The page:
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Weak demand, elevated storage to pressure US Northeast gas prices


Market-, producer-area prices at or below $1/MMBtu

Regional demand arrested by weather, maintenance

Storage at 1.014 Tcf, likely just 50 Bcf below maximum

  • Author
  • J. Robinson    Kelsey Hallahan
  • Editor
  • Joe Fisher
  • Commodity
  • Natural Gas

Over the next week, spot gas prices in the US Northeast could test new record lows as a confluence of factors keep downward pressure on demand, just as regional storage inventories approach cavern-top.

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In Oct. 2 trading, cash price in the Northeast market-area and Appalachia took reprieve from prior-day multiyear low settlements, rising as much as 20 cents/MMBtu as regional temperatures dipped into the upper 50s Fahrenheit, driving an uptick in gas-fired heating demand.

At the Boston-area Algonquin city-gates hub, spot prices were up 21 cents to $1.03/MMBtu. At Transco Zone 6 New York, the market surged 29 cents to around 79 cents/MMBtu for next-day flows.

In the Appalachian producer area, Dominion South rallied 24 cents to 81 cents/MMBtu, while the nearby Columbia Gas Appalachia location added 14 cents to trade also at 81 cents/MMBtu.

Higher cash prices could be fleeting, though.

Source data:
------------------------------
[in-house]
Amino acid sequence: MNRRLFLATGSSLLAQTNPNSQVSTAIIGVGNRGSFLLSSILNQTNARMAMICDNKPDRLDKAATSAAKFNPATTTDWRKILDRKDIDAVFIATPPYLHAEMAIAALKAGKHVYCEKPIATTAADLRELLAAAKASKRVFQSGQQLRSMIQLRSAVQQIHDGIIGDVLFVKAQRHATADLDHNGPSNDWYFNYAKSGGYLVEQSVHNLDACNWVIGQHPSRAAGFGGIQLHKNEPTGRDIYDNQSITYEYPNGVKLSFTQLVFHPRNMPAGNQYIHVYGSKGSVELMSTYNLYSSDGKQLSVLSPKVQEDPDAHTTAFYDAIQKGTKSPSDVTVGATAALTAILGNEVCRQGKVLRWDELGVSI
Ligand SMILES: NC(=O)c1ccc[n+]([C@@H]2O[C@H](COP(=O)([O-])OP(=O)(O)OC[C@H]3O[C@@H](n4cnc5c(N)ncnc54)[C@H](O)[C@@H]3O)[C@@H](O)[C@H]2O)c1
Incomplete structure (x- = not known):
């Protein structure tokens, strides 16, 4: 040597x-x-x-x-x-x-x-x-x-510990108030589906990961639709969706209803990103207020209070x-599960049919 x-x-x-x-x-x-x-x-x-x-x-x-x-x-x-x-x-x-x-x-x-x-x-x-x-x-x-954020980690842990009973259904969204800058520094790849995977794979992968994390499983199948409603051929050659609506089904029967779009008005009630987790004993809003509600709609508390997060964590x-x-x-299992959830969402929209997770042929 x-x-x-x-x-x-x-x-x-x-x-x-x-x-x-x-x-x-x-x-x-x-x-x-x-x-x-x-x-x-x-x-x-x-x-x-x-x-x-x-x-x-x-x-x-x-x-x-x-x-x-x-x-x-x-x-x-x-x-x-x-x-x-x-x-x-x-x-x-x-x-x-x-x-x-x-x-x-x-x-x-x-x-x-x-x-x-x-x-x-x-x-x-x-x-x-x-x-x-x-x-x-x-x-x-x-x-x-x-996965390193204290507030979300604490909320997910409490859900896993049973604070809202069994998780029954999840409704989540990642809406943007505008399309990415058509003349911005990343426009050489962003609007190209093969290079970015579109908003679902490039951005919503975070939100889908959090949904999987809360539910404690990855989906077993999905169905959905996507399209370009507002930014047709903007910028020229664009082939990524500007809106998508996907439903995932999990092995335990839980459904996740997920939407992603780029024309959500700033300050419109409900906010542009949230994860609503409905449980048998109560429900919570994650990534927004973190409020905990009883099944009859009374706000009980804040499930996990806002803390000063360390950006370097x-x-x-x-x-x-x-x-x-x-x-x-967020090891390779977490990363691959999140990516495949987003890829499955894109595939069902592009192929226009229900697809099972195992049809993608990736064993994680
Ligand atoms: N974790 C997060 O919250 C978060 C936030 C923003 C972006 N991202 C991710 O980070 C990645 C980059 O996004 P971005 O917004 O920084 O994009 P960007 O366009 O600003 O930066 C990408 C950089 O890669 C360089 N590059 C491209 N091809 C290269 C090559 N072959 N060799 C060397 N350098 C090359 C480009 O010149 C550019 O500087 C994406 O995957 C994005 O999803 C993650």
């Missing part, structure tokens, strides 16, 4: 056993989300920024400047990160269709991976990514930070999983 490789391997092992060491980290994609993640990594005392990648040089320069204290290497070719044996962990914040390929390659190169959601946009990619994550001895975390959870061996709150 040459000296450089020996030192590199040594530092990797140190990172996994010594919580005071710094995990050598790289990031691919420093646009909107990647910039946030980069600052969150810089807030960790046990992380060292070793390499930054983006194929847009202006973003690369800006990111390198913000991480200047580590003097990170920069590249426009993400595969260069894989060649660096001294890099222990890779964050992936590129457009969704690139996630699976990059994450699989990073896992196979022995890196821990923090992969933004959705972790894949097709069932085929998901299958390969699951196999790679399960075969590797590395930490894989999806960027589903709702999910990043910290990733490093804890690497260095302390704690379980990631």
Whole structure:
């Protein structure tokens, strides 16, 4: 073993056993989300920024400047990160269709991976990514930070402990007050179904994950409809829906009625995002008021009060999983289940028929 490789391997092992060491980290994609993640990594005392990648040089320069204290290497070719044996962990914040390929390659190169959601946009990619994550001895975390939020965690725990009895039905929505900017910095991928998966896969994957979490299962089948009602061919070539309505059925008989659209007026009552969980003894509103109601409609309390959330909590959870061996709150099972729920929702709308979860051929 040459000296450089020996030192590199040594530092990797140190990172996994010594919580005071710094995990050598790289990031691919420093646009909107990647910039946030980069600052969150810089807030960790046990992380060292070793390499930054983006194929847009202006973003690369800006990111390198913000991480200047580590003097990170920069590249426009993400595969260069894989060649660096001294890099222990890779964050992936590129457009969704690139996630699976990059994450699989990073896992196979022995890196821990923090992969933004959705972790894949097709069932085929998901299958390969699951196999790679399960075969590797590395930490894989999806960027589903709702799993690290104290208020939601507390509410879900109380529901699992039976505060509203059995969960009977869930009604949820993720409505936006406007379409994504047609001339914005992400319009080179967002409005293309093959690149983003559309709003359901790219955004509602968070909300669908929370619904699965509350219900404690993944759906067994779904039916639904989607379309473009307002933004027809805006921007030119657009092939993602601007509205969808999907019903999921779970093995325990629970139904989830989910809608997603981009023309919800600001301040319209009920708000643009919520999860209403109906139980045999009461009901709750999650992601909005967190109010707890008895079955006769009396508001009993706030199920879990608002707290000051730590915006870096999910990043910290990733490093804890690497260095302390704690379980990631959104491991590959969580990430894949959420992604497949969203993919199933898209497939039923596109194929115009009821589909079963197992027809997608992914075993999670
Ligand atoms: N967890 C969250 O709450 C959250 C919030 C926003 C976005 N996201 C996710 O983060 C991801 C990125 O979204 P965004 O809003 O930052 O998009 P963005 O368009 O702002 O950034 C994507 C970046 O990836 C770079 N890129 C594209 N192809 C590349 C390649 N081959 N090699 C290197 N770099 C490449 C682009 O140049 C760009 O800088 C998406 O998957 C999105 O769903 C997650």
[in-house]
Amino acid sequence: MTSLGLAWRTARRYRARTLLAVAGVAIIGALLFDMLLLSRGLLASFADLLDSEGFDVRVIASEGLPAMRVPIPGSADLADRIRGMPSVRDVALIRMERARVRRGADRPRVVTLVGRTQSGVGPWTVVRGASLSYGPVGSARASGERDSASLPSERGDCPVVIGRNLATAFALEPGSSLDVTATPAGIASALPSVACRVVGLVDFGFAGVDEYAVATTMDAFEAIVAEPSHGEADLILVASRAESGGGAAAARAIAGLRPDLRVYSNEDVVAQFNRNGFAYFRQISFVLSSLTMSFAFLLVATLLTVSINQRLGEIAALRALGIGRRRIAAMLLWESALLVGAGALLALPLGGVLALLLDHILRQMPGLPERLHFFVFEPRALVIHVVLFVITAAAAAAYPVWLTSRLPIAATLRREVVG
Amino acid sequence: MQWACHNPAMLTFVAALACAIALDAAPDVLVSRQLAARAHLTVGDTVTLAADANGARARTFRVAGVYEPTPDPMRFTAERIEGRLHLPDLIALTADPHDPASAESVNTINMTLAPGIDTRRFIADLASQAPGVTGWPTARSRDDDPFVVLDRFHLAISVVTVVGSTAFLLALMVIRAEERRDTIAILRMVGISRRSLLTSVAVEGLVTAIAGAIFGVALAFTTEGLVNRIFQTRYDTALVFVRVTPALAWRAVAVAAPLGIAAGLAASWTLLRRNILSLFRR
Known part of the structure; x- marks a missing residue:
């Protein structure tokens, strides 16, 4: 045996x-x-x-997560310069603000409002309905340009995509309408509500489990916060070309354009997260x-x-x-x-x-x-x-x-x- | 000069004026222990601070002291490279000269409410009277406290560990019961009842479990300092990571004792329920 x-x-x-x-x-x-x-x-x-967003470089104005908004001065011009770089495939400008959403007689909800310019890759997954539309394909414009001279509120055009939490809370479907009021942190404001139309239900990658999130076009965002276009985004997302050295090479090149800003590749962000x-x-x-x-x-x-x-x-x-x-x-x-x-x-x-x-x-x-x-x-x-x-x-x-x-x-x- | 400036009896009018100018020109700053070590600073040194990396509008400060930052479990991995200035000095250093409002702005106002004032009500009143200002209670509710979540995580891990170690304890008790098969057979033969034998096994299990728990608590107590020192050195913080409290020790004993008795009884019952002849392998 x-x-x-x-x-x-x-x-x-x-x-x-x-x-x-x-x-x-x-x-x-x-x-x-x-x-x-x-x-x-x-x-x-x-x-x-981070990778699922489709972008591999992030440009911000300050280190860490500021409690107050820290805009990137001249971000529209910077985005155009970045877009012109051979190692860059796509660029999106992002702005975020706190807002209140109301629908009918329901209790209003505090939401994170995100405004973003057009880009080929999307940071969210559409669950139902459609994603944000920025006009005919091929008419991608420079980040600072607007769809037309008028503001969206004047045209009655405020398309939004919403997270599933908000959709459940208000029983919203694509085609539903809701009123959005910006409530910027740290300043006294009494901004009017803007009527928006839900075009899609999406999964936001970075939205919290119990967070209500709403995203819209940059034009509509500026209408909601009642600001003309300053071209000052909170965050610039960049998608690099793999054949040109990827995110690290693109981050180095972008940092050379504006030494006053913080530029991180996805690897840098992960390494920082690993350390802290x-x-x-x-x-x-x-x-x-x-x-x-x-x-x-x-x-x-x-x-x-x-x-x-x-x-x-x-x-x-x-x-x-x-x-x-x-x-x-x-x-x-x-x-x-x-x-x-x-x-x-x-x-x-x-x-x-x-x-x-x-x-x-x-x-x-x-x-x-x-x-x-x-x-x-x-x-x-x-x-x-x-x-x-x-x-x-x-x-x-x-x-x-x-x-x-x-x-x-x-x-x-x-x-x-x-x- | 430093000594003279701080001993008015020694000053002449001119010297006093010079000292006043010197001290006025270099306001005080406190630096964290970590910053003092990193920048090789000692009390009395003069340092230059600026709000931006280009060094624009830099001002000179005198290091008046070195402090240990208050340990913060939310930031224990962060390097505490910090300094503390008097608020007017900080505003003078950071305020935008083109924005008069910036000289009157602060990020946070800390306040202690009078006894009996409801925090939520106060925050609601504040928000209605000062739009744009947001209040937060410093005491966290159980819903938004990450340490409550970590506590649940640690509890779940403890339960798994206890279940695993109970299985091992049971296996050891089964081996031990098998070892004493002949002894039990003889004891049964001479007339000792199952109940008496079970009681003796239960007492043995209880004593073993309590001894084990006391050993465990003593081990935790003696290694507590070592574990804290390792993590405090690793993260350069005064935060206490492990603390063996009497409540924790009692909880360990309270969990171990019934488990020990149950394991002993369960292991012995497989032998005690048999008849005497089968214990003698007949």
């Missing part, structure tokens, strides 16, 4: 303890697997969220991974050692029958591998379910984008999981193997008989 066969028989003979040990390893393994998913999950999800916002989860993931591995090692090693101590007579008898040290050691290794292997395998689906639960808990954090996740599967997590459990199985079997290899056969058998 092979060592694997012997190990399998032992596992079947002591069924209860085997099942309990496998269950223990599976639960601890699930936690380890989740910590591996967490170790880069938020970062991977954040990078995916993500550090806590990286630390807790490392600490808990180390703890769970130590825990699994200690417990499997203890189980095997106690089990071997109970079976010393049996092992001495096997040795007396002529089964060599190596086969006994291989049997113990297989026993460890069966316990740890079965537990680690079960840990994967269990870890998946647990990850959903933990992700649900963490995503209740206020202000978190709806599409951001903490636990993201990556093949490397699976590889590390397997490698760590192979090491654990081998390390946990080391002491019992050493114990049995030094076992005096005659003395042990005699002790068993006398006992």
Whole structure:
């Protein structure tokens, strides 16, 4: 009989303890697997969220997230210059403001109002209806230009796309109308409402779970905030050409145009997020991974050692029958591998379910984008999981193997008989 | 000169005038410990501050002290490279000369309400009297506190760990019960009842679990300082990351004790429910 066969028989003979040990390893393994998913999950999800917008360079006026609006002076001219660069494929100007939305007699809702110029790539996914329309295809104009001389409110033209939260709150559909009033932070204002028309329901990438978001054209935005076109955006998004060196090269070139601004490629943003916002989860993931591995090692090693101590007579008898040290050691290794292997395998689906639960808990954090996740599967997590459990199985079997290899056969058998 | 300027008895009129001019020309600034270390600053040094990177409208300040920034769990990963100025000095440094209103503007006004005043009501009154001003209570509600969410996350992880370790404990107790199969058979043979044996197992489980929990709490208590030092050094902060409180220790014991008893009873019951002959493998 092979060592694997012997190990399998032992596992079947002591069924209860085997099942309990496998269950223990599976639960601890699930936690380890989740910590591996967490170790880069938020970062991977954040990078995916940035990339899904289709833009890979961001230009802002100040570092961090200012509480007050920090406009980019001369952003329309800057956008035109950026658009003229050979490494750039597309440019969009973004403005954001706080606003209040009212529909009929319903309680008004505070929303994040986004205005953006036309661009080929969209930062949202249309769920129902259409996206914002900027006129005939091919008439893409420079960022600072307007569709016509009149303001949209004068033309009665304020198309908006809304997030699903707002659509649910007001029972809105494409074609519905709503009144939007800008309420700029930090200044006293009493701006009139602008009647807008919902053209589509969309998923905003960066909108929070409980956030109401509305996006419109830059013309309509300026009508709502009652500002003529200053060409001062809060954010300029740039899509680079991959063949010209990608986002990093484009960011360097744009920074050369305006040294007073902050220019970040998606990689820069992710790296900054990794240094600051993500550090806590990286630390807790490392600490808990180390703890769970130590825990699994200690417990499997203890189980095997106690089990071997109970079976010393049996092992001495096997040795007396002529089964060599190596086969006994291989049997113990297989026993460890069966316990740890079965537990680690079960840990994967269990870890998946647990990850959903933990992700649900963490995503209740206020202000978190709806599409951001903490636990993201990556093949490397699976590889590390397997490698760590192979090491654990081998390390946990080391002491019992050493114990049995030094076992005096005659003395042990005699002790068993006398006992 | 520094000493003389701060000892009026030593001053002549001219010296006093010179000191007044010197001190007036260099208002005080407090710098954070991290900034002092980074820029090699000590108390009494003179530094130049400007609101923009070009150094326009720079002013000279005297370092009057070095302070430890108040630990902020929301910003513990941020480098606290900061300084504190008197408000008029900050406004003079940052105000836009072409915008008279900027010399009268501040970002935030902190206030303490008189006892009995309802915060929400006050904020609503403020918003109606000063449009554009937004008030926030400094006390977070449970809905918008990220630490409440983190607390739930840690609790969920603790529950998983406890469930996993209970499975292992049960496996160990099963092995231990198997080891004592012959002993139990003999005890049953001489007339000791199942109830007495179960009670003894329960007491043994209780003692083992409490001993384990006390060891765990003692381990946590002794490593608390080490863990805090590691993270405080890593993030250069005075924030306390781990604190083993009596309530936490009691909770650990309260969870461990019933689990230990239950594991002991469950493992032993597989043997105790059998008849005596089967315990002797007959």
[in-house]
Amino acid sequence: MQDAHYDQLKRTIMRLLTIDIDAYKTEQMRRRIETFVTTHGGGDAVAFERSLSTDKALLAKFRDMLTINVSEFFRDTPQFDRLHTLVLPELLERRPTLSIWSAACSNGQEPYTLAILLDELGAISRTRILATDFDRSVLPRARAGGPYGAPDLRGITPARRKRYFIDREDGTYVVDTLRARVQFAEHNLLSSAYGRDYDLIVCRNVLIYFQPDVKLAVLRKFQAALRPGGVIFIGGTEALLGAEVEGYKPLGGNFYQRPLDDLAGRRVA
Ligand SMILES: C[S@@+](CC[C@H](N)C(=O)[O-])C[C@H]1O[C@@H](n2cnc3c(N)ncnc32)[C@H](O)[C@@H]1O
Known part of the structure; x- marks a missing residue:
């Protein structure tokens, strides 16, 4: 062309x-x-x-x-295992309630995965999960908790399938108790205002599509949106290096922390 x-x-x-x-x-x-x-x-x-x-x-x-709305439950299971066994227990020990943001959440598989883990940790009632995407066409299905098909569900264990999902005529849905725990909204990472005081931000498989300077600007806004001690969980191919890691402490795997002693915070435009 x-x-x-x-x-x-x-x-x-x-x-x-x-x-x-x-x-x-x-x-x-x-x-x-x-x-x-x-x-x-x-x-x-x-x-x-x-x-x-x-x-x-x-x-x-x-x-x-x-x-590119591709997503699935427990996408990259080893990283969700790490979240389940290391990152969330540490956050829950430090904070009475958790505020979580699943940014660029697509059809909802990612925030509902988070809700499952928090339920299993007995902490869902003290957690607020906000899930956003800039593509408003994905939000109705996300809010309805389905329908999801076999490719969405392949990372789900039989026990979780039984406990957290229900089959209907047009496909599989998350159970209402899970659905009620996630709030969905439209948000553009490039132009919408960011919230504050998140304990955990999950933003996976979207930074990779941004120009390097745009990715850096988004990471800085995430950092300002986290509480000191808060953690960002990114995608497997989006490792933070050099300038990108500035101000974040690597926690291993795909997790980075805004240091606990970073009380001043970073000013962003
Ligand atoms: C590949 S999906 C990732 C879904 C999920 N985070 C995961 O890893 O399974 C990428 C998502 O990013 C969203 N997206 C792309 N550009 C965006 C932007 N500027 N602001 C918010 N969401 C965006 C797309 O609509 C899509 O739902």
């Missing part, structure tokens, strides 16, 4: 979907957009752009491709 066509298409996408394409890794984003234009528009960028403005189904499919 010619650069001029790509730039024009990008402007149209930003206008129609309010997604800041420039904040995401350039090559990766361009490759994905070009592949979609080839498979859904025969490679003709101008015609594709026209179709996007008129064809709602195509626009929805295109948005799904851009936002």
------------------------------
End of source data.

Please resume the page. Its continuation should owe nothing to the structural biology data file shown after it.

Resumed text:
Over the weekend, total Northeast demand is projected to bottom out nearly 9%, or about 1.4 Bcf/d, below its Oct. 2 estimated level at over 16 Bcf/d. Regional demand will remain below 15 Bcf/d through at least Oct. 7, according to a forecast published by S&P Global Platts Analytics.

Mild weather isn't the only factor that will weigh on Northeast demand and prices over the next week.

Seasonal maintenance at Dominion Energy's Cove Point facility and elevated Northeast gas storage levels will also push additional supply back into the market.

Maintenance, storage, production

On Sept. 21, LNG production at Cove Point was abruptly halted as the facility's single liquefaction train was taken offline for annual maintenance. Based on previous maintenance timelines over the past two years, Cove Point could be expected to remain down for approximately 23 to 24 days, or until about mid-October, Platts Analytics data shows.

The export facility's outage pushes a significant volume of additional gas back into the Northeast market. Year-to-date, feedgas flows to the facility have averaged over 720 MMcf/d. On Oct. 2, feedgas was estimated at zero, where it has remained since Sept. 21.

Potentially weaker storage injection demand could also push some supply back into the Northeast market.

On Oct. 2, total regional inventories were estimated at 1.014 Tcf, or about 50 Bcf below the region's observed maximum storage level at just over 1.06 Tcf, Platts Analytics data shows.

With inventories in the Northeast currently at their highest early October level since 2012, potential limits on injection capacity at regional facilities could put constraints on daily storage demand – another factor that's likely to push more supply back into the market.

On the supply side, the Northeast market has seen at least some relief from surplus production after a move by the region's largest producer, EQT, to curtail a net 425 MMcf/d in output beginning Sept. 1. Following a notable drop in output in just the past 10 days, it's possible that other Marcellus and Utica producers have followed EQT's lead.

In the 10 days since Sept. 23, Northeast production has averaged just 31 Bcf/d, down from late-summer levels in the upper-32 Bcf/d area, Platts Analytics data shows.